(a) OCGA § 13-6-11 Liability. The trial court granted the surety's motion for j.n.o.v. as to Allgood's claim under OCGA § 13-6-11 because Allgood's attorney could not testify and segregate, with any degree of certainty, time and expenses attributable to Allgood's successful breach of contract claim from time and expenses attributable to Allgood's unsuccessful extra-work claims. (Nor could this attorney say how much time was necessary to defend Ray Bell's counterclaim.) Quoting Arford v. Blalock, 199 Ga.App. 434, 439(10), 405 S.E.2d 698 (1991), the trial court specifically reasoned that such vague testimony defeated the jury's attorney fees and litigation expenses award because "[n]o evidence was presented from which the jury could determine what portion of the total amount of attorney time and litigation expenses incurred in this multi-count, multi-defendant litigation was attributable to the particular claim...."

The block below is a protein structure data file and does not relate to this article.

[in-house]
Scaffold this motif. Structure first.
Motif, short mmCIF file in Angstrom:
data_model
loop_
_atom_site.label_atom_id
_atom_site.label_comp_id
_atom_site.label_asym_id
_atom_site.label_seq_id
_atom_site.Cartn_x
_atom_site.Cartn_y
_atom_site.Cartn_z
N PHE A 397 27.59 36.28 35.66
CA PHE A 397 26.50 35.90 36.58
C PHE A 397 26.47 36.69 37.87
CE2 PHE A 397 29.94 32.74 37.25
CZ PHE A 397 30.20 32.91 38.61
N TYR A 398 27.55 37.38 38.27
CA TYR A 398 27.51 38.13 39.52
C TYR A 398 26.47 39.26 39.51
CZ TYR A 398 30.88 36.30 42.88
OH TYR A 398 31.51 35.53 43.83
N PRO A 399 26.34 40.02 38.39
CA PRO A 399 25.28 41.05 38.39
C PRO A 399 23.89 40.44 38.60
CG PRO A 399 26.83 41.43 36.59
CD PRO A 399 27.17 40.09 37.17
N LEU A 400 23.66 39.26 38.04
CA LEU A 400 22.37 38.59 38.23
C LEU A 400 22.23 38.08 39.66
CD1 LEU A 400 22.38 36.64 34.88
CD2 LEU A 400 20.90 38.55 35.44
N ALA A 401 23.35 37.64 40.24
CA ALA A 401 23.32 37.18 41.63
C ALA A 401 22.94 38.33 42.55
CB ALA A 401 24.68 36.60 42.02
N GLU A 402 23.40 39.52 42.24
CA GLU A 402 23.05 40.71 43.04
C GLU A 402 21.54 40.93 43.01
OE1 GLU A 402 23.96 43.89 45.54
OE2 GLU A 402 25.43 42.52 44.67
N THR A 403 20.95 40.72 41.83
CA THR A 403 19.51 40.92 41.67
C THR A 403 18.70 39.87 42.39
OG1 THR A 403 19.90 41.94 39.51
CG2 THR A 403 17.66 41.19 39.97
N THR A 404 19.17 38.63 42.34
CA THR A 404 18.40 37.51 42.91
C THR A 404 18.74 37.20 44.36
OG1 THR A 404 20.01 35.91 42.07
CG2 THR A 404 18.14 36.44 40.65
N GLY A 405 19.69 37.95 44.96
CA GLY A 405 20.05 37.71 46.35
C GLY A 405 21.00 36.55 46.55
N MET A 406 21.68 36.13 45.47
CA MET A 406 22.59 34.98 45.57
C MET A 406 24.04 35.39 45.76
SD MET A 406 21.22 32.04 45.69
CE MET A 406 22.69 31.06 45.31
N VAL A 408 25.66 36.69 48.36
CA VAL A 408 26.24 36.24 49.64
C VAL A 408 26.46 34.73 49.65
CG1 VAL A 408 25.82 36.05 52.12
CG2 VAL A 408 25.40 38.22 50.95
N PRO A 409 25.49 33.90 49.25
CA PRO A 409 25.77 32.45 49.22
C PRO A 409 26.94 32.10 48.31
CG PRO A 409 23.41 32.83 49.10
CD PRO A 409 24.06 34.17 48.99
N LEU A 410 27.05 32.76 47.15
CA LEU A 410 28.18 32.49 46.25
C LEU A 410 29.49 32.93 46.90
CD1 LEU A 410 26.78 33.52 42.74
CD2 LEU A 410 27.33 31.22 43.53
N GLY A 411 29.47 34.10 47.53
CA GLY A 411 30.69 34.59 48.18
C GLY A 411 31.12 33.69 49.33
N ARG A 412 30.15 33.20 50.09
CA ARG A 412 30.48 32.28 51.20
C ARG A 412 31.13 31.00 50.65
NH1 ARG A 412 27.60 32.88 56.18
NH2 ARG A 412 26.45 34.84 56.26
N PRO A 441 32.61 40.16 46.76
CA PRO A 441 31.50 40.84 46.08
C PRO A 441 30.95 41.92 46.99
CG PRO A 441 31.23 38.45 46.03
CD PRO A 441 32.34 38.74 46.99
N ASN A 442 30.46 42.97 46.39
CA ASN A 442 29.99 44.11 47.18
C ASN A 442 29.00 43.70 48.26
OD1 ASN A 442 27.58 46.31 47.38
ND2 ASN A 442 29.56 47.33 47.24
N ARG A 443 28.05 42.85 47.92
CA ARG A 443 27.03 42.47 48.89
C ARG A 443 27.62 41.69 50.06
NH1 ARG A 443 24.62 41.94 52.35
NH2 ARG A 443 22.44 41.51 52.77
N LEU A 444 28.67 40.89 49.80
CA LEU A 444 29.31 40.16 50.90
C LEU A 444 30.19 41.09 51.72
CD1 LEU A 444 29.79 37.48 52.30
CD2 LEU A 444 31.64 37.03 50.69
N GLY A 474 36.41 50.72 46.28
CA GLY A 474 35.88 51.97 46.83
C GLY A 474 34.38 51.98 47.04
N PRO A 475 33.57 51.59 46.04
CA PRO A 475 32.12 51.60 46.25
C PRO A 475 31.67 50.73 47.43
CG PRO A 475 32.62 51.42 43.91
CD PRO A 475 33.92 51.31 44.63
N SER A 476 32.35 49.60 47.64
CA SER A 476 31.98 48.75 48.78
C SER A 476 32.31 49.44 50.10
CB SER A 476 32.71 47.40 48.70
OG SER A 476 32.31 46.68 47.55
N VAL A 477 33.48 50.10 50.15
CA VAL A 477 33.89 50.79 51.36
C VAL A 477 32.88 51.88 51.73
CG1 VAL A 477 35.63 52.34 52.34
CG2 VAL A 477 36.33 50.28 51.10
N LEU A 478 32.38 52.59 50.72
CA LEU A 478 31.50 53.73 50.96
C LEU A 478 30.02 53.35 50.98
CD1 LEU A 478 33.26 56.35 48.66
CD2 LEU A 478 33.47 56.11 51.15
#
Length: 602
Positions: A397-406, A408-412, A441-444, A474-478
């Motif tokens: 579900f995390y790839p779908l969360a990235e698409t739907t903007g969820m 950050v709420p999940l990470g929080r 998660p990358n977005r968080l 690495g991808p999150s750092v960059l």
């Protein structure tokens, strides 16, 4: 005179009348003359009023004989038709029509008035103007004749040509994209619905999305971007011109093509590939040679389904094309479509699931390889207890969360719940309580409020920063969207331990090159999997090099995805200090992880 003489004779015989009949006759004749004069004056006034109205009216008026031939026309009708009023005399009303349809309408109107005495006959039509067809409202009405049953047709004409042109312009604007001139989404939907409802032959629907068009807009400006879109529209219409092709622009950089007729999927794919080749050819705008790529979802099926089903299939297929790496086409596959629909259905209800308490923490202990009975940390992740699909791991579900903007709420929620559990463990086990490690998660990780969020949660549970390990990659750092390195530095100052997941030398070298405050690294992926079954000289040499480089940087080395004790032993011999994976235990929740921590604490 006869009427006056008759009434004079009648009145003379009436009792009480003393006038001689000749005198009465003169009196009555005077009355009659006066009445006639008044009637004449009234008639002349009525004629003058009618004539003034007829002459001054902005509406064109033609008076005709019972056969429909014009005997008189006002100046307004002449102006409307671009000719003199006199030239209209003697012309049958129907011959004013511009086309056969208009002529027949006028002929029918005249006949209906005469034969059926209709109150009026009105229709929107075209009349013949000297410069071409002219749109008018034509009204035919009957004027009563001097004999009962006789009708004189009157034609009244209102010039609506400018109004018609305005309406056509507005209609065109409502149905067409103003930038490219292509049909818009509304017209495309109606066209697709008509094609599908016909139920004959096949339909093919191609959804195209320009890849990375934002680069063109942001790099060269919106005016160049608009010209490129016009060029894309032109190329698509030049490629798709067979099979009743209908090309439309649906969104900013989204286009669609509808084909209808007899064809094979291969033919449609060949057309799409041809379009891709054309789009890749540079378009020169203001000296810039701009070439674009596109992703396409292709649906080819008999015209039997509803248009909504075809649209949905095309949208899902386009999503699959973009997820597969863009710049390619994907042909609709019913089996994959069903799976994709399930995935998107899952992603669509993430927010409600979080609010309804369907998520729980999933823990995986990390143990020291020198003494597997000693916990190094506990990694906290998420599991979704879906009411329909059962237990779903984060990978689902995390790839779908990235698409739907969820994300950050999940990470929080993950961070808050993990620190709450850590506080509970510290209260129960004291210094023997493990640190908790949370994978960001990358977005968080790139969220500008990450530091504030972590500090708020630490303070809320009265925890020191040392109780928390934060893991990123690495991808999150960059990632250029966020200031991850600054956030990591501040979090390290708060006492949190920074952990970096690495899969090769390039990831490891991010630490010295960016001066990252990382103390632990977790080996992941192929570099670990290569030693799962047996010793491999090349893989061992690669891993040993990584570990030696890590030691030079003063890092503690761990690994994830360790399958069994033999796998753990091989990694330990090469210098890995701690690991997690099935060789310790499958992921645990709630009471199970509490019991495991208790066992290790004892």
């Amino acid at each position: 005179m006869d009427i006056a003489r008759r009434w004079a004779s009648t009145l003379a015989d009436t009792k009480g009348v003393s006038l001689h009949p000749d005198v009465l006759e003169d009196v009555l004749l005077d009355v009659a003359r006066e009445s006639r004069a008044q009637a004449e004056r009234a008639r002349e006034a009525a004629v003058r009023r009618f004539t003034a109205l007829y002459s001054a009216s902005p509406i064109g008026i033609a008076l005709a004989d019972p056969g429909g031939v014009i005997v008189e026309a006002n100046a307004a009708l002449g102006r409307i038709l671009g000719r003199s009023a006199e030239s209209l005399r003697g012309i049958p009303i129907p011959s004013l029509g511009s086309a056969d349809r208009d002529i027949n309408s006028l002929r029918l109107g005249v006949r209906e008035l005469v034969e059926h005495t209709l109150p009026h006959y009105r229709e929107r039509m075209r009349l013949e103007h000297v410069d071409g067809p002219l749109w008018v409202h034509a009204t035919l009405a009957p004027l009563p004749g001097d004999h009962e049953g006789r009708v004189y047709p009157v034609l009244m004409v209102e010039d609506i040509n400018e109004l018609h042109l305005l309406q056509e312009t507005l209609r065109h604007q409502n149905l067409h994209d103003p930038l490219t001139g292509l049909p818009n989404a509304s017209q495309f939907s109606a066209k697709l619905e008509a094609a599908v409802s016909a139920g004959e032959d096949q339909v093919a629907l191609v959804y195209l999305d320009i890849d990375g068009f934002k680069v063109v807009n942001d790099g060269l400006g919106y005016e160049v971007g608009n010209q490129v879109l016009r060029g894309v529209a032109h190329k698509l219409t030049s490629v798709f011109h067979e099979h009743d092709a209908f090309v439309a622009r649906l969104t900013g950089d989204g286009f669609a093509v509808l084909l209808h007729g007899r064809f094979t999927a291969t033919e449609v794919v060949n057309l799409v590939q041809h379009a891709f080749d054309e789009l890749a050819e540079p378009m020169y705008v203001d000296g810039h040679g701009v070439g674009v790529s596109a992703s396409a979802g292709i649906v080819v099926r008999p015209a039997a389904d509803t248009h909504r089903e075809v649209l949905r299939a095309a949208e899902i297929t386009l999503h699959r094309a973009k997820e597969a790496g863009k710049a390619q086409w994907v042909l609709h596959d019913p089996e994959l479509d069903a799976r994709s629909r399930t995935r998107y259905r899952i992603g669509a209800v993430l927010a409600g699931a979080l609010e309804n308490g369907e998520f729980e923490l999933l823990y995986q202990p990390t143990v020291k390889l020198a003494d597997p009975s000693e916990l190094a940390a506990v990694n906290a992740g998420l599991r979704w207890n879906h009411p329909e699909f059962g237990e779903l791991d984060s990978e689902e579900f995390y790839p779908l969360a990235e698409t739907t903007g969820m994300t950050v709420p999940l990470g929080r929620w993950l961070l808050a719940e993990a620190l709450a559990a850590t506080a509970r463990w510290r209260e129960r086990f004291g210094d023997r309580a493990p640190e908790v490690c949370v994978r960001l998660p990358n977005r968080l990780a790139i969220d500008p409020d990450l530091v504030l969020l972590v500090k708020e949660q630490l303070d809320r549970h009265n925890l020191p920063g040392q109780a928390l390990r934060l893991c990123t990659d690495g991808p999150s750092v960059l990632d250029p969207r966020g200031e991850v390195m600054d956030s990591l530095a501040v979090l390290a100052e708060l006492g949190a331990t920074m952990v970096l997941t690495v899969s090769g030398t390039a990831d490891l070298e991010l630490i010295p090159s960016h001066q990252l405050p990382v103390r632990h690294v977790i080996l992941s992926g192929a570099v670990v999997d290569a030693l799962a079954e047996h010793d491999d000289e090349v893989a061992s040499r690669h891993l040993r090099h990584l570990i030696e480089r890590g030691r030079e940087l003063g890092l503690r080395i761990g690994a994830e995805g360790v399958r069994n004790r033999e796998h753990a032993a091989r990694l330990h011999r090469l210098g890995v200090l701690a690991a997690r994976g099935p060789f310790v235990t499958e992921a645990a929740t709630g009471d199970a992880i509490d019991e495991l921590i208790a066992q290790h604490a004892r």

We find this logic misplaced because, notwithstanding the success or validity of Allgood's unsuccessful claims or Ray Bell's counterclaim, Allgood tendered proof that the surety engaged in "wanton and excessive indulgence in litigation" by refusing, in bad faith, to investigate, negotiate or discuss any claim, set-off or defense with Allgood between the time Allgood posted its April 30, 1992 claim letter and the time Allgood initiated suit in Fulton County on April 20, 1994. 1 Such...